Archive for December, 2007

Meeting Sakyong Mipham Rinpoche in Philadelphia, years ago

December 25, 2007

One of the most important events in my life was meeting Sakyong Mipham Rinpoche in Philadelphia when he came to visit the Shambhala Center, which his father Chogyam Trungpa had created. I did not know what to expect, and I knew only a little about Buddhism then, and I knew nothing about the lineages of Shambhala. I did not understand how important he was as the new leader of the lineage etc. I did have some experiences with meditation and had worked with meditation as part of my own writing though. And I had read some of Chogyam Trungpa’s writings a long time before, and The Myth of Freedom had been one of the most powerful books I’d ever read.

The session with Sakyong Mipham included a Question and Answer period followed by a period of sitting with him. He was more than serene; he radiated warmth and humble compassion. There was something fearless and almost innocent about his presence, but when he spoke, he was too apt and too intelligent to be really innocent. The questions that people asked were quite revealing, but always of themselves. The answers he gave were always direct, clear and simple. I asked a question, too. I wanted to know what the value was of a teacher. (This sounds like a stupid question, now, but it was somehow not obvious to me then.) He answered that it was a good question, and he said that it would help you learn more quickly and easily.

Why wasn’t that obvious to me before? Maybe the same reason it took me so long to get an MFA in poetry—I thought I could figure it all out by myself.

Then he sat and meditated with us in the large room across from the Shambhala Center, which actually was a dance studio.

This is hard to explain because I never felt anything like this before—he was just physically sitting there meditating, but it was as though the room filled with his light, warmth, and powerful, fearless compassion and love for all of us there. It was not merely that I could see how he felt; it was like the feelings inside him were flowing out of him and into us. Nothing in Western science, religion or culture could prepare anyone for this—it was extraordinary. It was a very beautiful and life-altering process. It lasted a long time, but I wanted it to keep going. I wanted to experience it more and understand it. How was this even possible?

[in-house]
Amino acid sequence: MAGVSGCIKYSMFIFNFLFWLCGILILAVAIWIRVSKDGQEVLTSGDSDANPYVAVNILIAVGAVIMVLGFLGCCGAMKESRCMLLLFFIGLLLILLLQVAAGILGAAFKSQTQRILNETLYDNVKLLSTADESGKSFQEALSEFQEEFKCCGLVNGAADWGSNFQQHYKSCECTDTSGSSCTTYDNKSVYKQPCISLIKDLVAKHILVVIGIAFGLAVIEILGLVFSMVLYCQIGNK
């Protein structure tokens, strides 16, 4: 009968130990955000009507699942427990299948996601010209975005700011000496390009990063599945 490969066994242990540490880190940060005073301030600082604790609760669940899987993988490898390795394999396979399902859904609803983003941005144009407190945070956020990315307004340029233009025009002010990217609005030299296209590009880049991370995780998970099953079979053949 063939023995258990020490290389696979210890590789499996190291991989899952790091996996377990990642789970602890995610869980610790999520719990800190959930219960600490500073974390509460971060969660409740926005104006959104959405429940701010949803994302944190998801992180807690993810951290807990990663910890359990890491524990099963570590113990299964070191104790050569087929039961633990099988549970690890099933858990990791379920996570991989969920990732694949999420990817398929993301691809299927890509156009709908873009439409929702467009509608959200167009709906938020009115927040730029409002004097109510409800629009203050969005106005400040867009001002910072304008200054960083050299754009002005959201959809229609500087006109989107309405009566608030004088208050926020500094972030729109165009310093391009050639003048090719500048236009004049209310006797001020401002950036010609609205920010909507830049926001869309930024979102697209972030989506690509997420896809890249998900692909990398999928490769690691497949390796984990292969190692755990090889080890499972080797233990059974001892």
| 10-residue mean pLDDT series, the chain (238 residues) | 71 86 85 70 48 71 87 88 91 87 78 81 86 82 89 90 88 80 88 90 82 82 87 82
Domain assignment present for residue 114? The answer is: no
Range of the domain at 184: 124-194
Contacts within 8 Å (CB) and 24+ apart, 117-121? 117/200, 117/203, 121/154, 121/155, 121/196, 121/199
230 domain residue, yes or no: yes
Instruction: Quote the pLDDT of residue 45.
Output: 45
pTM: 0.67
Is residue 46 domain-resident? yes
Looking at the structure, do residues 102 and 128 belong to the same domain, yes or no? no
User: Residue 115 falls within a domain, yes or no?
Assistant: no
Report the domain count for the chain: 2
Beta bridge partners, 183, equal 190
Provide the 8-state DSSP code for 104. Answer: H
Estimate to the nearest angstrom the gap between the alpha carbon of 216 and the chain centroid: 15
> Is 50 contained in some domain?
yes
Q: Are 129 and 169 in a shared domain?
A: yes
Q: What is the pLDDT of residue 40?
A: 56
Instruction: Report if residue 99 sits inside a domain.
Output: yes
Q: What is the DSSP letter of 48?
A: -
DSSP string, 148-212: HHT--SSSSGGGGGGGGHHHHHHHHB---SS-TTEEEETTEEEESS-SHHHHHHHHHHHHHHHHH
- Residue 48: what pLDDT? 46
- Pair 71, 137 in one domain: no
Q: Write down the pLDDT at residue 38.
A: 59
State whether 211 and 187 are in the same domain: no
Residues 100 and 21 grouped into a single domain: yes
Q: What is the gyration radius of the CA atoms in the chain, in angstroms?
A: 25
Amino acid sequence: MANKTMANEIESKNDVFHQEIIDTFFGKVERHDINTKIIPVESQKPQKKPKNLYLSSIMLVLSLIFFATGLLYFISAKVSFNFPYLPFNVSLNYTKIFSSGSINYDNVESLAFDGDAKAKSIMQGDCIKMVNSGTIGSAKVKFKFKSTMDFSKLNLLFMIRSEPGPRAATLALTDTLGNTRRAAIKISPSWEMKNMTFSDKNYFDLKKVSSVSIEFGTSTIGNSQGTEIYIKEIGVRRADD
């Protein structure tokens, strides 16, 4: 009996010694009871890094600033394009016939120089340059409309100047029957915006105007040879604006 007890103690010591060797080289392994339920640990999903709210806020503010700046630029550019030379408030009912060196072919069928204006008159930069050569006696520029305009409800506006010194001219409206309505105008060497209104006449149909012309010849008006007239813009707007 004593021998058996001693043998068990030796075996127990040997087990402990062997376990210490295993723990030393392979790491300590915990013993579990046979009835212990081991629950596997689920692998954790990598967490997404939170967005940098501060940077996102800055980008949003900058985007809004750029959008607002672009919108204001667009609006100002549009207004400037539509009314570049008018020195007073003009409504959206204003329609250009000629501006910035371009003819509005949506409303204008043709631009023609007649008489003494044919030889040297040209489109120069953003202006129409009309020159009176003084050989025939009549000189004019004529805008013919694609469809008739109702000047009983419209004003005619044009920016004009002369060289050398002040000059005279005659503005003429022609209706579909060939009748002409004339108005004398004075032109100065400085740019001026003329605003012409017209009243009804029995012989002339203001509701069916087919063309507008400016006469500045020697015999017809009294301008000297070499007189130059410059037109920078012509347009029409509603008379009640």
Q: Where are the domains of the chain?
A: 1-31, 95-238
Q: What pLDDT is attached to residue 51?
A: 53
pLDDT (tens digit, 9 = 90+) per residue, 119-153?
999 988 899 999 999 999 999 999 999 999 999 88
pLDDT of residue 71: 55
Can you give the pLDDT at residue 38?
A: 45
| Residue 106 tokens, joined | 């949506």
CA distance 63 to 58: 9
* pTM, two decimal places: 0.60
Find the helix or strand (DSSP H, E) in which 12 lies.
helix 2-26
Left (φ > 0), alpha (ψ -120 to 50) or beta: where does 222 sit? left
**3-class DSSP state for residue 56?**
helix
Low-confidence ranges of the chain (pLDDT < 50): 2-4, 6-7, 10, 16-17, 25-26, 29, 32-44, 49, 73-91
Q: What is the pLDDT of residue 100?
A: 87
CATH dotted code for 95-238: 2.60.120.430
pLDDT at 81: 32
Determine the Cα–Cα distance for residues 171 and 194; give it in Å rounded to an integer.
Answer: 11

I never understood it until I read a passage from Turning the Mind into an Ally, a book that he wrote:

What the Buddha discovered is that we all have bodhichitta, ripe for nourishment. Within the bewildering maelstrom of thoughts and emotions that keep our sense of self solid, each of us already has the seeds of love and compassion. Bodhichitta is the radiant heart that is constantly and naturally, without self-consciousness, generating love and compassion for the benefit of others. It’s a stream of love and compassion that connects us all, without fixation or attachment. It has a tender sadness to it, like a wound that remains eternally exposed. It’s our true nature.

This passage reminded me of a few things. It reminded me that he was able to do this radiating of the heart of love and compassion, and that it did, in fact, have this tender and sad quality. It also reminded me of the one time in my life when I had an out-of-body experience. Then I remembered having a similar, powerful experience of this other way of being that was very much like the bodhichitta state of being that Sakyong Mipham describes. Trying to describe that accurately and well was one of the hardest things I ever tried to do in writing. The story was called “Out-of-body travel at thirteen.” I have read this story once in front of a real audience, and I have heard that the audience really “got it.” I also heard from a few readers that they really loved the story. That makes me think that maybe the message got through. It also reminded me of a phrase from William Wordsworth’s “Tintern Abbey,” which was “the still sad music of humanity.”

Looking back over many years, I am grateful to Sakyong Mipham for the fearless way that he practices and writes.